The symphony in brief
Longing (Moderato assai – Allegro). Symphony No. 1 opens with a plaintive English horn solo, followed by muted trumpet. A laid-back blues progression sneaks in seamlessly along with the trumpet solo as other woodwinds start to layer into the texture, most notably solo clarinet. As the themes develop, Still creates what seems to be a collection of sweet memories and hopeful desires, a “longing” perhaps, for a time filled with wholehearted moments and memorable people.
Sorrow (Adagio). The second movement showcases stirring melodies that stem directly from African American spirituals. Still’s use of the rich, lyrical qualities of the string section and soulful solo lines played by various winds and brass instruments make this movement a reflection of a deeply rooted, powerful history.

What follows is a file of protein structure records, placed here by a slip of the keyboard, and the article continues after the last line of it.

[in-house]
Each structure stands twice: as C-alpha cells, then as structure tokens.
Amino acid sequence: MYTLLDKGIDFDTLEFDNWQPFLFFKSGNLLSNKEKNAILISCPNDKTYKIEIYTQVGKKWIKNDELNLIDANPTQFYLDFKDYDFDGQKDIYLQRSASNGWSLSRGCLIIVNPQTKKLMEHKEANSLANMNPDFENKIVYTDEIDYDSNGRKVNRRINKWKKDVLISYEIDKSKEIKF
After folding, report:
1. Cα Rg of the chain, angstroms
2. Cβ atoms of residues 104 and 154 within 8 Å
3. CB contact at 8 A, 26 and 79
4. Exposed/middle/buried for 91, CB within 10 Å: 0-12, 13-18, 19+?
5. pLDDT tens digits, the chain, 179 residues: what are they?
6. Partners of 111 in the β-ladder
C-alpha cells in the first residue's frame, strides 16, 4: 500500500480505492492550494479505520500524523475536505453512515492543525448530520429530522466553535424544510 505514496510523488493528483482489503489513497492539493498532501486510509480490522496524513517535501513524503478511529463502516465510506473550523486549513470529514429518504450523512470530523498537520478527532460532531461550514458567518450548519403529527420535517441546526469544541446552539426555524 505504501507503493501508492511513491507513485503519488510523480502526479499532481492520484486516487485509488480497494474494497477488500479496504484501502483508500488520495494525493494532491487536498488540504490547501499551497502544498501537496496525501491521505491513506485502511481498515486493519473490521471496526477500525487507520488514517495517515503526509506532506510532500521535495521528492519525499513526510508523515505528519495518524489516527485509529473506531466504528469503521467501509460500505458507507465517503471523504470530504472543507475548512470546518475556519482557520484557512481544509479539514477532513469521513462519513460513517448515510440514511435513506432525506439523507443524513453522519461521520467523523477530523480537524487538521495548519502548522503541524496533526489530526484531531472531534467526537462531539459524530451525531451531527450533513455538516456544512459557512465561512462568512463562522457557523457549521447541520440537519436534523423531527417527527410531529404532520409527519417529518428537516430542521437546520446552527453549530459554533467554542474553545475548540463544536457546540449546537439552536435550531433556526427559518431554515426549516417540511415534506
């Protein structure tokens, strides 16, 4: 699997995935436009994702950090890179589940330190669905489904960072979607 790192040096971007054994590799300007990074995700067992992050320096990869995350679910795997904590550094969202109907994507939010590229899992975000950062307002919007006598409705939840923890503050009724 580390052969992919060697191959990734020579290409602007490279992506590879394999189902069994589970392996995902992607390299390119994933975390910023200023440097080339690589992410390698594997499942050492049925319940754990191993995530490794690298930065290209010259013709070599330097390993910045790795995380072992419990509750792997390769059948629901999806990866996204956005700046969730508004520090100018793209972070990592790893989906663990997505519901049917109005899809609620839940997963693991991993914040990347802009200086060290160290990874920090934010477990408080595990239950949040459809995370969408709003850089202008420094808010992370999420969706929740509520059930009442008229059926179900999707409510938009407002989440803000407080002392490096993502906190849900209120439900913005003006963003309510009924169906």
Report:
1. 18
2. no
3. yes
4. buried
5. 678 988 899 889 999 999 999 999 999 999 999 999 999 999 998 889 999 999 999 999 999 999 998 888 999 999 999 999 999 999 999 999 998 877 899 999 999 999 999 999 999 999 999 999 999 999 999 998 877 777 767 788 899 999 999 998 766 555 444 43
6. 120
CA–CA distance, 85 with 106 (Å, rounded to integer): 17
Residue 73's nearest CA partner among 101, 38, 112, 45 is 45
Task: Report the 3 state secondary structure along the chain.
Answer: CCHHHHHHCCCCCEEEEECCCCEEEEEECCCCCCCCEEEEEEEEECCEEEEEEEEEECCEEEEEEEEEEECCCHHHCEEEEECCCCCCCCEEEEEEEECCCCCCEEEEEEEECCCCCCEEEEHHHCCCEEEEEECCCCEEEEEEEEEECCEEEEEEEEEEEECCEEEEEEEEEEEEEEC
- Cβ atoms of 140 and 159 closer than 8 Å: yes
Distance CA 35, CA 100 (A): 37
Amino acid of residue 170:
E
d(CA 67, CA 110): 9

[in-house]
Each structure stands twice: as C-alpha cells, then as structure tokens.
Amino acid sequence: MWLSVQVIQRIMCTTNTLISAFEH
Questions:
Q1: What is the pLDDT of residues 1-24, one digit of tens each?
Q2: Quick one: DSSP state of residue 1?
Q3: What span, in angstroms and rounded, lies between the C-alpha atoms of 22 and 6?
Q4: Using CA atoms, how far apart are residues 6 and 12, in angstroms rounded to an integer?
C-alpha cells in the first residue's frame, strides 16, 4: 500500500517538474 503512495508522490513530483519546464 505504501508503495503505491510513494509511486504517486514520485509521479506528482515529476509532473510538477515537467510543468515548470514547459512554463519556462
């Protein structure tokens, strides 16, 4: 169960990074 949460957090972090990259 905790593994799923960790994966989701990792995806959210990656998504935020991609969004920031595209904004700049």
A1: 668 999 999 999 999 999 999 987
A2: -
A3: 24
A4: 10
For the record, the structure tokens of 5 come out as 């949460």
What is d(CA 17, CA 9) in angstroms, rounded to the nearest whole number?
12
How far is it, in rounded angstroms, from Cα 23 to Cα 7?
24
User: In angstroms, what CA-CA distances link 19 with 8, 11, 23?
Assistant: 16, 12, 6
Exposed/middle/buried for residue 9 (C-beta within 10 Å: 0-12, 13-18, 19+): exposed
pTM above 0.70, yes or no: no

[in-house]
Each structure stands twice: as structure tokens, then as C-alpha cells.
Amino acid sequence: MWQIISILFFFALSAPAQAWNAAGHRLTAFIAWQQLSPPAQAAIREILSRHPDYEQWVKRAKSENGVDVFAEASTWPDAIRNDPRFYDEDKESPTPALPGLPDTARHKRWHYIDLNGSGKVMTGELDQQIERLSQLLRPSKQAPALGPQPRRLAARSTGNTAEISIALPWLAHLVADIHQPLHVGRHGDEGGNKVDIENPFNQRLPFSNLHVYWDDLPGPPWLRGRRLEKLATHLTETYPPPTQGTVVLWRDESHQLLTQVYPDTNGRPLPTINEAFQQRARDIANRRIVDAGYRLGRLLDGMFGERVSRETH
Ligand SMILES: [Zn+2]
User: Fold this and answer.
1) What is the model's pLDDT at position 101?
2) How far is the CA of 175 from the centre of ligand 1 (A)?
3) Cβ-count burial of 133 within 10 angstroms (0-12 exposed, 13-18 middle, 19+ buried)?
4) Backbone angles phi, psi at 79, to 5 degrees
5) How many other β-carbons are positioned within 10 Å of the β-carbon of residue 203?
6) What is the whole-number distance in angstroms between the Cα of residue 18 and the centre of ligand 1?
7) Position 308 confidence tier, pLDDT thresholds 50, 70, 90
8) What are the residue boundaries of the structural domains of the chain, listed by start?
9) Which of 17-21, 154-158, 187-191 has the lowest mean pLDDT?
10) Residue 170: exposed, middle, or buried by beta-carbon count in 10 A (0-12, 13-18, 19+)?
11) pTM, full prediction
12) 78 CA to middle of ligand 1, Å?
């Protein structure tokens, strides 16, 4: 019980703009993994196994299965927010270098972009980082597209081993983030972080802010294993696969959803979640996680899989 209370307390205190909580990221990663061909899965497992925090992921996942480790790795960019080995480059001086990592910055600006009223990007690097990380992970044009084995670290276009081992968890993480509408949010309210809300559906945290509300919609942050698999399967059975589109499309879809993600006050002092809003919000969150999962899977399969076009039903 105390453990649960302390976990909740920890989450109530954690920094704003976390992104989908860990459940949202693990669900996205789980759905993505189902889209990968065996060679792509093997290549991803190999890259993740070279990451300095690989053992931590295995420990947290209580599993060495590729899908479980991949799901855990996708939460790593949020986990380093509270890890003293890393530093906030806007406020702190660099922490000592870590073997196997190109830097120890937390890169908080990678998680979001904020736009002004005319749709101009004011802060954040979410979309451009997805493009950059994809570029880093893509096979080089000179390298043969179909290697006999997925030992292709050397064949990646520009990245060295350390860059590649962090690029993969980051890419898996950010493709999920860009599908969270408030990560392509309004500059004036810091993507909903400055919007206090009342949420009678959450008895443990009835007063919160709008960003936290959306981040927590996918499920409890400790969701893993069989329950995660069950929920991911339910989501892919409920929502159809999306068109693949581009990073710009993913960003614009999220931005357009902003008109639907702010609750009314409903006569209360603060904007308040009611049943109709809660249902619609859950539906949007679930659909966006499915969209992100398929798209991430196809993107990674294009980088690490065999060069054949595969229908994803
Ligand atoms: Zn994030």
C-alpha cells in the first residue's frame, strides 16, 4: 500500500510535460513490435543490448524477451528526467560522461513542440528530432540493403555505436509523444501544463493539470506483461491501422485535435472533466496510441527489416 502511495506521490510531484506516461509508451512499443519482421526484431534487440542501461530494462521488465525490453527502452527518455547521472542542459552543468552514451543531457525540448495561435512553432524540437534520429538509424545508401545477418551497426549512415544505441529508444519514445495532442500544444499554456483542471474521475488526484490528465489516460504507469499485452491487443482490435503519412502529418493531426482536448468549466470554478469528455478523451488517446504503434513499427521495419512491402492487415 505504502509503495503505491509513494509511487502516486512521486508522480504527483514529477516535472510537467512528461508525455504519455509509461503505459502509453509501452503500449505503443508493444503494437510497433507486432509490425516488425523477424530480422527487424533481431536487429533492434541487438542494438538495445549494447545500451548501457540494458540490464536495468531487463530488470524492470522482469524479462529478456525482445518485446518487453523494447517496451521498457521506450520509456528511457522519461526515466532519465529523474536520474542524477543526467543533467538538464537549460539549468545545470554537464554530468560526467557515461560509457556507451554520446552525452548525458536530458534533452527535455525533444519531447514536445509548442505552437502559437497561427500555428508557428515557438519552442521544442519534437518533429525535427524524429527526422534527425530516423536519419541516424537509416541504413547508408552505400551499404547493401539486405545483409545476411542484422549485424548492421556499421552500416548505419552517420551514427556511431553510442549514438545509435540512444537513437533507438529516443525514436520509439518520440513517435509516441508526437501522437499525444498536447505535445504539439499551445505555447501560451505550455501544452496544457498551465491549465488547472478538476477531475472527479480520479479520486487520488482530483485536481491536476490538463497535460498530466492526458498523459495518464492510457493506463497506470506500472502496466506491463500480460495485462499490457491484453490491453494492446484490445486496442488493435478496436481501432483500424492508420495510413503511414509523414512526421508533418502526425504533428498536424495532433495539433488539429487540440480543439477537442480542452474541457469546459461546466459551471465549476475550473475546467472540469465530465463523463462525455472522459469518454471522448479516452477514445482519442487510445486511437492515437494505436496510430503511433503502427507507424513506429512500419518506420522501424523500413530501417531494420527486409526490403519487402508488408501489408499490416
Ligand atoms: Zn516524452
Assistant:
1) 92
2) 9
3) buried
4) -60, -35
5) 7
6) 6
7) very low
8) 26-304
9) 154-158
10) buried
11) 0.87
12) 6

Humor (Animato). Still’s third movement takes a quick turn into a place of high energy, featuring the distinctive twang of a banjo. Contrasting styles of staccatissimo—where notes are extremely short and detached from one another—and tenuto—held or sustained notes—give this movement unexpected bursts of character. “An’ we’ll shout ouah halleluyahs,” Dunbar’s text jubilantly exclaims, “On dat mighty reck’nin’ day.”
Aspiration (Lento, con risoluzione – Piu mosso). The final movement is deeply spiritual, both in its inspiration and in its expression. Descriptions in the score ask for the winds to play “organ-like” and the strings “sonorously.” Midway through, the cello section sings out a stunning melody, supported by strings, flutes and harp. A thrilling race to the finish is bold and triumphant.
Program note by Emma Plehal.